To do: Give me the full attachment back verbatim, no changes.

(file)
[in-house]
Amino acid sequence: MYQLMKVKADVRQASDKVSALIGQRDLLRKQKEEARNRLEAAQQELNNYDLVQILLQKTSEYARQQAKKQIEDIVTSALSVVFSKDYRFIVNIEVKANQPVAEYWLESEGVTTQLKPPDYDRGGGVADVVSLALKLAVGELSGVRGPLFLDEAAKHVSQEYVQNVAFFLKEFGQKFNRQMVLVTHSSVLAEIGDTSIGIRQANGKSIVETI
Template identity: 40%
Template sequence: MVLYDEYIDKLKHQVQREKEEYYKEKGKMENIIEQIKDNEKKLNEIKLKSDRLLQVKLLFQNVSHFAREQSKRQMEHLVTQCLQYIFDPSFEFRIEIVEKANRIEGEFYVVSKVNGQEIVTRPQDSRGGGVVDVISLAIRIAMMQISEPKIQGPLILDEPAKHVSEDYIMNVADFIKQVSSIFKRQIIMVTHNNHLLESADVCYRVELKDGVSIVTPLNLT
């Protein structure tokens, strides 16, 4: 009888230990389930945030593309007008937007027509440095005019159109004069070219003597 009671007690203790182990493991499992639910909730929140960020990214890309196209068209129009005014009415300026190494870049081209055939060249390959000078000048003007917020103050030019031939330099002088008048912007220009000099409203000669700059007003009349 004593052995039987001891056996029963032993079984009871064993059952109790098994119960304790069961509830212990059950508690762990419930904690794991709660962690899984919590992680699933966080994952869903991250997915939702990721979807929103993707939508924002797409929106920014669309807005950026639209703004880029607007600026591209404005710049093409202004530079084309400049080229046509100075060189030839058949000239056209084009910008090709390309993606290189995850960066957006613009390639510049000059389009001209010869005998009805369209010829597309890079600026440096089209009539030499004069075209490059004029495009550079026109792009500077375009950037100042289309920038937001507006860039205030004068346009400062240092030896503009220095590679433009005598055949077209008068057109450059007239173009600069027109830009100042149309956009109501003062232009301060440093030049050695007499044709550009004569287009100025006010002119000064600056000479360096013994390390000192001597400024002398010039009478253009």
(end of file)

[in-house]
Amino acid sequence: MYQLMKVKADVRQASDKVSALIGQRDLLRKQKEEARNRLEAAQQELNNYDLVQILLQKTSEYARQQAKKQIEDIVTSALSVVFSKDYRFIVNIEVKANQPVAEYWLESEGVTTQLKPPDYDRGGGVADVVSLALKLAVGELSGVRGPLFLDEAAKHVSQEYVQNVAFFLKEFGQKFNRQMVLVTHSSVLAEIGDTSIGIRQANGKSIVETI
Template identity: 40%
Template sequence: MVLYDEYIDKLKHQVQREKEEYYKEKGKMENIIEQIKDNEKKLNEIKLKSDRLLQVKLLFQNVSHFAREQSKRQMEHLVTQCLQYIFDPSFEFRIEIVEKANRIEGEFYVVSKVNGQEIVTRPQDSRGGGVVDVISLAIRIAMMQISEPKIQGPLILDEPAKHVSEDYIMNVADFIKQVSSIFKRQIIMVTHNNHLLESADVCYRVELKDGVSIVTPLNLT
């Protein structure tokens, strides 16, 4: 009888230990389930945030593309007008937007027509440095005019159109004069070219003597 009671007690203790182990493991499992639910909730929140960020990214890309196209068209129009005014009415300026190494870049081209055939060249390959000078000048003007917020103050030019031939330099002088008048912007220009000099409203000669700059007003009349 004593052995039987001891056996029963032993079984009871064993059952109790098994119960304790069961509830212990059950508690762990419930904690794991709660962690899984919590992680699933966080994952869903991250997915939702990721979807929103993707939508924002797409929106920014669309807005950026639209703004880029607007600026591209404005710049093409202004530079084309400049080229046509100075060189030839058949000239056209084009910008090709390309993606290189995850960066957006613009390639510049000059389009001209010869005998009805369209010829597309890079600026440096089209009539030499004069075209490059004029495009550079026109792009500077375009950037100042289309920038937001507006860039205030004068346009400062240092030896503009220095590679433009005598055949077209008068057109450059007239173009600069027109830009100042149309956009109501003062232009301060440093030049050695007499044709550009004569287009100025006010002119000064600056000479360096013994390390000192001597400024002398010039009478253009």